There’s another area where Apple Music has the leg up on its competition: Integration of the iTunes library. Any music you have — whether previously purchased via the iTunes Store, ripped from a physical CD, or uploaded to iTunes Match — will appear in your Apple Music library, giving you the option to freely browse your own music alongside Apple’s standard catalog. Spotify offers a similar function, relegating your local music files to a separate tab, but you can’t access your local music via broad searches as you can with Apple Music.
Winner: Apple Music
With so many songs at the ready, streaming libraries can seem daunting for those who want to find new music, but Spotify provides a lot of useful tools for finding new songs to suit your individual taste. Playlists like Release Radar, New Music Friday, and Monday’s personalized Discover Weekly provide fantastic opportunities for subscribers to latch on to new music from artists they never stumbled across on their own. The program’s deep well of dozens of base genres to choose from makes new music ripe for the picking, and other personalized playlists like Daily Mixes are constantly being added to the mix. Spotify even has a featured series called Secret Genius, which allows fans of pop music to listen to the songwriters behind some of their favorite hits.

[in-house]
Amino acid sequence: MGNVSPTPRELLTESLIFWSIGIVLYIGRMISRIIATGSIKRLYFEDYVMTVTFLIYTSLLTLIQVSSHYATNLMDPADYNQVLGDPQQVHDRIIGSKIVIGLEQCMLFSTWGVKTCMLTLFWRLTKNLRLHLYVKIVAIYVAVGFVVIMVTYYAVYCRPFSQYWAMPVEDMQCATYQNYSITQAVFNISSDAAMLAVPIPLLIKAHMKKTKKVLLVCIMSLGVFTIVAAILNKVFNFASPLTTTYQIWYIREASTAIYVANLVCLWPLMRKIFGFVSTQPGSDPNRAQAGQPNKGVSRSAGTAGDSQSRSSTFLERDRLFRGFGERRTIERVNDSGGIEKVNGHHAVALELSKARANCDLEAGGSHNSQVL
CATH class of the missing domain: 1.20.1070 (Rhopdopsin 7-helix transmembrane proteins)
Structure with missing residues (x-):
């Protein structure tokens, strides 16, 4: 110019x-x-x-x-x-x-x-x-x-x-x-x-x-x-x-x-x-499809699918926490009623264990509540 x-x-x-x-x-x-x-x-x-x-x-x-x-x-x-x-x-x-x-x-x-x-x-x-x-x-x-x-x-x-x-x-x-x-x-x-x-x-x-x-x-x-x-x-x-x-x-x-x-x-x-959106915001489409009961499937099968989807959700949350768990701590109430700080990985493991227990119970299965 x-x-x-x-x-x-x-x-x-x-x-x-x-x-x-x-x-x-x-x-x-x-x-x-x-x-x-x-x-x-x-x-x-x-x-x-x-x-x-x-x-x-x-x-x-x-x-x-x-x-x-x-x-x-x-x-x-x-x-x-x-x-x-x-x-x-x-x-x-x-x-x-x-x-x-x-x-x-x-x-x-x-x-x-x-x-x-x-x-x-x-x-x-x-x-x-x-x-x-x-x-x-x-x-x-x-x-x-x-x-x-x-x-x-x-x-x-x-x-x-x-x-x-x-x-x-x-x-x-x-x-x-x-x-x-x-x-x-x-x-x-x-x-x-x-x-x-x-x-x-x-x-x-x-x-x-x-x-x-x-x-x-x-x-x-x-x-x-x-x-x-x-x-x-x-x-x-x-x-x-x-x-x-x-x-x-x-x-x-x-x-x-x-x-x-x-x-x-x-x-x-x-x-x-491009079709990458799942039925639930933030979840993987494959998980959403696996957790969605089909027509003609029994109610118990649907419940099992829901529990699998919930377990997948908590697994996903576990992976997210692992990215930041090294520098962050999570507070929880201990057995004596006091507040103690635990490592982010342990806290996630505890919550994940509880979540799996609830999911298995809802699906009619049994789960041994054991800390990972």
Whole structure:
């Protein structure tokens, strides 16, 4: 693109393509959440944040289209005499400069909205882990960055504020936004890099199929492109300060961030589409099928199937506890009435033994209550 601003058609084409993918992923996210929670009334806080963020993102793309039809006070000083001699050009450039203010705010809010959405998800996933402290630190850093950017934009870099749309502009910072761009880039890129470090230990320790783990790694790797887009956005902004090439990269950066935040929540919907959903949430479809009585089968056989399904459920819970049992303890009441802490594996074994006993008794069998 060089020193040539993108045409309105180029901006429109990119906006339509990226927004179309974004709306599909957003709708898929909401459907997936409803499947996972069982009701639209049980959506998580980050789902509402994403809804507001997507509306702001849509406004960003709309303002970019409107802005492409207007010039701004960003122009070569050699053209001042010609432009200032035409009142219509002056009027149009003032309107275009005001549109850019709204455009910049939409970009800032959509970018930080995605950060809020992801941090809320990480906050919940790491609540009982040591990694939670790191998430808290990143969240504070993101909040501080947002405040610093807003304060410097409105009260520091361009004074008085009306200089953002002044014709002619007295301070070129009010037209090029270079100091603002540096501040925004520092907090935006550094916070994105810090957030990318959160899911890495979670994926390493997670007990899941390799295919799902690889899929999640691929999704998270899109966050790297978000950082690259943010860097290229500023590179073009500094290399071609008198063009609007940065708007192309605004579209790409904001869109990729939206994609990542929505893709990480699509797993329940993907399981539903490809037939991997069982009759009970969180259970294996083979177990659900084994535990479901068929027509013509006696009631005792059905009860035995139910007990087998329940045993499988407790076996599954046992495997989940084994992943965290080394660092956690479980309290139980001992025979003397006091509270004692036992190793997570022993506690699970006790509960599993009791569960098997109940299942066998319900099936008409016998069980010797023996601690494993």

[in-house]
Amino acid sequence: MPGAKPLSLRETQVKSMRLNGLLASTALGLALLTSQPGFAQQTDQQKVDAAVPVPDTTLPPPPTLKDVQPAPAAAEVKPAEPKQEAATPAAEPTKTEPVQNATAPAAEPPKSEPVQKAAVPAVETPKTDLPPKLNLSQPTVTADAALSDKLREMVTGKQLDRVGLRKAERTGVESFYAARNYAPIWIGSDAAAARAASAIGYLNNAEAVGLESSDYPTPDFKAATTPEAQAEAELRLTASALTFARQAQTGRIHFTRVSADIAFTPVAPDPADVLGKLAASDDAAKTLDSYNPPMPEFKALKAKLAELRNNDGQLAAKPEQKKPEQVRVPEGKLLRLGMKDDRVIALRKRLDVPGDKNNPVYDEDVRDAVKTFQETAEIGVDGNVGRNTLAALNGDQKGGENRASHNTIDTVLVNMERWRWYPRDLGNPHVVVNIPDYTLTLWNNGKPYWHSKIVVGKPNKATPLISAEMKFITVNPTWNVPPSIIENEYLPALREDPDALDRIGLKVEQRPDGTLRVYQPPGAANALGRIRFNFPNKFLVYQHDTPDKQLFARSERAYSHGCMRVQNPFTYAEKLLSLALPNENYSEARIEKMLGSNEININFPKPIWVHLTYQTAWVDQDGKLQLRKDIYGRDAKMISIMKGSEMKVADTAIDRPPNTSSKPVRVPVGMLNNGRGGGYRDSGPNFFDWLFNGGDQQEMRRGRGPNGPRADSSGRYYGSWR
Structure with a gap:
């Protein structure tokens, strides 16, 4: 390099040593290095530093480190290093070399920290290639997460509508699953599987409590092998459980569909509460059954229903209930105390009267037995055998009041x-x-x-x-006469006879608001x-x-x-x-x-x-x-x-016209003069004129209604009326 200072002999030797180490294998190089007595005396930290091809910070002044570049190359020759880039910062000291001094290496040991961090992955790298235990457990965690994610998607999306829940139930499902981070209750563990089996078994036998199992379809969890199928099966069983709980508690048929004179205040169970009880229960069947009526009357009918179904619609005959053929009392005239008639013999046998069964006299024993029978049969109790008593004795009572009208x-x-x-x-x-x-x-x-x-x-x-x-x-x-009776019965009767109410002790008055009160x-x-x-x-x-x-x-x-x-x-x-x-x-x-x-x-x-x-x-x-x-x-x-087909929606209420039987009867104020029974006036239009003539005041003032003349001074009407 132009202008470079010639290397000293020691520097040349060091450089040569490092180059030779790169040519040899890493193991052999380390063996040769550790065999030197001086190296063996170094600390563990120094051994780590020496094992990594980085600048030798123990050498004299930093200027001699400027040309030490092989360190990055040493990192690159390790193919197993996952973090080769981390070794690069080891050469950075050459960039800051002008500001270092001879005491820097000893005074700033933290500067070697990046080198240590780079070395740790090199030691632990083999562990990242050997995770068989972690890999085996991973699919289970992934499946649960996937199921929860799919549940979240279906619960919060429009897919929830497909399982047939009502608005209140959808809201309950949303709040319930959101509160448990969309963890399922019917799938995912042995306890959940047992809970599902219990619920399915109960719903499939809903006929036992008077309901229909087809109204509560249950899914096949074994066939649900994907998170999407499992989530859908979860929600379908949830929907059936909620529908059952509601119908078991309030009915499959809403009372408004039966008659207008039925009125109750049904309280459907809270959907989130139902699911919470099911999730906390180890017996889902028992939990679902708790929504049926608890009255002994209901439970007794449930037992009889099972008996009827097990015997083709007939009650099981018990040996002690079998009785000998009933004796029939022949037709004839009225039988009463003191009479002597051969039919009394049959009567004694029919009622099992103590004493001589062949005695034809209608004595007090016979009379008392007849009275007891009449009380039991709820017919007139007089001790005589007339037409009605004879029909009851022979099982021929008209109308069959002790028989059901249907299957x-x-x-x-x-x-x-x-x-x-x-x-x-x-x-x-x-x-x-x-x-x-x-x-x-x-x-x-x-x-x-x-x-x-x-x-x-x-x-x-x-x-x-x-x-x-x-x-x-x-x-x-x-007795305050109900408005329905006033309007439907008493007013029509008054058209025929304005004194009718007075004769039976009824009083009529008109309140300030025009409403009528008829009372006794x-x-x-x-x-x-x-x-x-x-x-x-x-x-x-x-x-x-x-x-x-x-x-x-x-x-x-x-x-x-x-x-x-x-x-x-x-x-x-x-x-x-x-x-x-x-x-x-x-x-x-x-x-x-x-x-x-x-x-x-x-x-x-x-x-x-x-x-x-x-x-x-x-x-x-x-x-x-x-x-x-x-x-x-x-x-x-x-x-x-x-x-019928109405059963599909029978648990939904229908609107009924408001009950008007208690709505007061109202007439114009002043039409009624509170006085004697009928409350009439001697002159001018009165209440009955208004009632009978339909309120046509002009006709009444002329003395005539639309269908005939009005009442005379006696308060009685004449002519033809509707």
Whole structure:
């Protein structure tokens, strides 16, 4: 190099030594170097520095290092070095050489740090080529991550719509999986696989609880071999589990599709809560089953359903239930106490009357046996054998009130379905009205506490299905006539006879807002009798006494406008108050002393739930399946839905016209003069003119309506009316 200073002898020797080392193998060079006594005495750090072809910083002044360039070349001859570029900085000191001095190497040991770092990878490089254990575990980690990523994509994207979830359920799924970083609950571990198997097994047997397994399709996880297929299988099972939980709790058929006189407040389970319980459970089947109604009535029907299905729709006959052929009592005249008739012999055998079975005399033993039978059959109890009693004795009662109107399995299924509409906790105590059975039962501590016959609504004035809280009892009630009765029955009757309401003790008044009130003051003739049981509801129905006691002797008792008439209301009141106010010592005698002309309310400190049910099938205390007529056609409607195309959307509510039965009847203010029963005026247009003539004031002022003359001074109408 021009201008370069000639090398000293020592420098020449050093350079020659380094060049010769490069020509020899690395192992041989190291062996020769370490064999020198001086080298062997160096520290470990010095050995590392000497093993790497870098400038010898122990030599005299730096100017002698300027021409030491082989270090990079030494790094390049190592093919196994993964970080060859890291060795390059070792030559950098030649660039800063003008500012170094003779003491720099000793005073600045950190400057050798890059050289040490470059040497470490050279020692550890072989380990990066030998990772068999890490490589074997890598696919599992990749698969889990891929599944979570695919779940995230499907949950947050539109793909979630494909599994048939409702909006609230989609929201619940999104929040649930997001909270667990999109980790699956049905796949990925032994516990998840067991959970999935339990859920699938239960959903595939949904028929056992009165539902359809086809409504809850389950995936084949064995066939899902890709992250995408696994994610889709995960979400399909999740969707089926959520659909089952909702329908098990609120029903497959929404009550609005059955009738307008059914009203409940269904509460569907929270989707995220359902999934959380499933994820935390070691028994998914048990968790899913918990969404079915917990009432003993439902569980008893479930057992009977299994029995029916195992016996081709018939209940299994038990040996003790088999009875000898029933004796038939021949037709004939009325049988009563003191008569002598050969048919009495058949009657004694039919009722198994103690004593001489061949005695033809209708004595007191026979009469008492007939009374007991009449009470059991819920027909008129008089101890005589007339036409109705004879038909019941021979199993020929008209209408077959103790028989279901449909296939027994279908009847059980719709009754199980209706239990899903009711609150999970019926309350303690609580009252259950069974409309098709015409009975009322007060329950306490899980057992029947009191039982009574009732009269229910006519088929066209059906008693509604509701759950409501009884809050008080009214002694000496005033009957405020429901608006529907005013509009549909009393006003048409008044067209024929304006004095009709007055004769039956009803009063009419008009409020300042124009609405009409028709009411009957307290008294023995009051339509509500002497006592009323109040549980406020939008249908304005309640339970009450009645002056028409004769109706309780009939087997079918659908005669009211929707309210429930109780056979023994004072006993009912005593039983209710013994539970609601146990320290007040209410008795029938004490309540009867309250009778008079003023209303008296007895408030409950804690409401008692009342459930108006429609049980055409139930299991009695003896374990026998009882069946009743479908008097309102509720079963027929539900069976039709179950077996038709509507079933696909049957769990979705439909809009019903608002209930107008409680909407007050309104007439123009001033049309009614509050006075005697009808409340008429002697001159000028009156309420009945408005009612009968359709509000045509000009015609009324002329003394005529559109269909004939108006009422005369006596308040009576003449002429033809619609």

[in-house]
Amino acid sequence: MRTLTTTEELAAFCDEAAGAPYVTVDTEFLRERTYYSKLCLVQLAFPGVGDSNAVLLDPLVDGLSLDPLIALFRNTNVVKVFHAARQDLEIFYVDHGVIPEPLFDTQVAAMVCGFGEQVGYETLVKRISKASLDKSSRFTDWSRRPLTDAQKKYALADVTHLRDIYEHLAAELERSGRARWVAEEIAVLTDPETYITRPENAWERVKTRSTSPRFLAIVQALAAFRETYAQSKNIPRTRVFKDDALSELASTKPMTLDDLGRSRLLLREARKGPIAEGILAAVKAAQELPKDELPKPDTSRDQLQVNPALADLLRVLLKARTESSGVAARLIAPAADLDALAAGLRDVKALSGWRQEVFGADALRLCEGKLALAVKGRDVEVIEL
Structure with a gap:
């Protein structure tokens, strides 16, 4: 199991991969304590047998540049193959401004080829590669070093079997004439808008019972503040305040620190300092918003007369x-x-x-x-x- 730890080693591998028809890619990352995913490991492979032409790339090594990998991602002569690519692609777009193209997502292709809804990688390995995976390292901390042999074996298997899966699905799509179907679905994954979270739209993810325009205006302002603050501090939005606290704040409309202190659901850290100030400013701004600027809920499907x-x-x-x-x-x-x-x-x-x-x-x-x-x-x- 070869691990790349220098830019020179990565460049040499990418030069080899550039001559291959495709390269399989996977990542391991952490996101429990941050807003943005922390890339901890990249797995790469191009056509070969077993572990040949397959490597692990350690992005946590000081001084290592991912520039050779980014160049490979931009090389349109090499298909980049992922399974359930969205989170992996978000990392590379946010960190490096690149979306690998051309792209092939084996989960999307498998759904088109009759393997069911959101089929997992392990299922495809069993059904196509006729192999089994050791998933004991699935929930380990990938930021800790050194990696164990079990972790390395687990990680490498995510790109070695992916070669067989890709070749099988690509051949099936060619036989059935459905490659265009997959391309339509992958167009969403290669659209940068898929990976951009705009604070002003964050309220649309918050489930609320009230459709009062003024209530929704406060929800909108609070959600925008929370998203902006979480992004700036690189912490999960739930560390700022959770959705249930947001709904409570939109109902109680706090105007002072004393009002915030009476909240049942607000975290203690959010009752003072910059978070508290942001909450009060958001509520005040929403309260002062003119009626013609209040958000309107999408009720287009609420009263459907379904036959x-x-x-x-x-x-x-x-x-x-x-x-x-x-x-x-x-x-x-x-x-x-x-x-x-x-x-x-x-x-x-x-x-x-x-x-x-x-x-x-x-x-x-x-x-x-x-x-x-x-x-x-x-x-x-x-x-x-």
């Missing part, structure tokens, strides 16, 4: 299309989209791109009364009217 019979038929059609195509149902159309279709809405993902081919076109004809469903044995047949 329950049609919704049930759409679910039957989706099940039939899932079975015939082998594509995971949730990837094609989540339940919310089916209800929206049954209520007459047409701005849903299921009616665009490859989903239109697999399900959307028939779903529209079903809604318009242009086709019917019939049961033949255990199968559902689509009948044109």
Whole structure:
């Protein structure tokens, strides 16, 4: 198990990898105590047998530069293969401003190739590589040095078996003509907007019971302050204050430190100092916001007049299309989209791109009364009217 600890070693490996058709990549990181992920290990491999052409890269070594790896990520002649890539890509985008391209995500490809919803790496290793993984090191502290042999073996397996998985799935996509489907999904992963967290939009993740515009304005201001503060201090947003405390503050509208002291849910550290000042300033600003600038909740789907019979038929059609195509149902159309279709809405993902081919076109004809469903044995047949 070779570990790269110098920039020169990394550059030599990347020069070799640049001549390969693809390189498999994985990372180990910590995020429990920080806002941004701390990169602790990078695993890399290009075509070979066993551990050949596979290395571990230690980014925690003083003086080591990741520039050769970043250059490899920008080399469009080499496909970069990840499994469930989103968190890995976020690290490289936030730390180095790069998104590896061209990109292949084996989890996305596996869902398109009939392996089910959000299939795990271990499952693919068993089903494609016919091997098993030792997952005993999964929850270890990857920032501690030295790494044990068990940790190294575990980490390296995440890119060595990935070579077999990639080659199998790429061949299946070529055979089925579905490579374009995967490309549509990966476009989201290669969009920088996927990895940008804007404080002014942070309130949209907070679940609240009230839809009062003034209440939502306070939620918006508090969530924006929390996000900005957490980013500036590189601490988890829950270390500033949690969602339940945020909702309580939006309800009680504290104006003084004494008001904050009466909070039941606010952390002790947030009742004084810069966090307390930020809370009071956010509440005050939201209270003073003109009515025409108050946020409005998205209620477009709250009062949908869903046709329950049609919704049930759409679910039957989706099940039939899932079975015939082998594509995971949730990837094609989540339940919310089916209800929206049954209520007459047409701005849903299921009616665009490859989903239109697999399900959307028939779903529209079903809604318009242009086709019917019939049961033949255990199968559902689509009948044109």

Free users will be able to take advantage of these playlists, too, with up to 15 on-demand (meaning not shuffled) playlists to choose from daily. That adds up to about 40 hours of new music in total every day. These lists are curated based on a questionnaire you fill out when you sign up for a free account that asks you to choose your favorite artists.
Discover Weekly, in particular, deserves high praise in the streaming world (it’s so smart that Google copied the feature). Added to your feed every Monday morning, the feature delivers a two-hour playlist of personalized music recommendations based on your listening habits, as well as the habits of those who listen to similar artists. Playlists are often chock-full of music you haven’t heard before, as well as deep cuts from some of your favorite artists, thus broadening your listening repertoire with a collection of songs right up your alley. Listen to a lot of Black Keys? Your weekly playlist might include The Arcs, a side project of Black Keys guitarist Dan Auerbach. Fan of Dawes or Neil Young? Expect to find the likes of Laurel Canyon prodigy Jonathan Wilson on your playlist. The feature is not always on point, but it’s often impressive.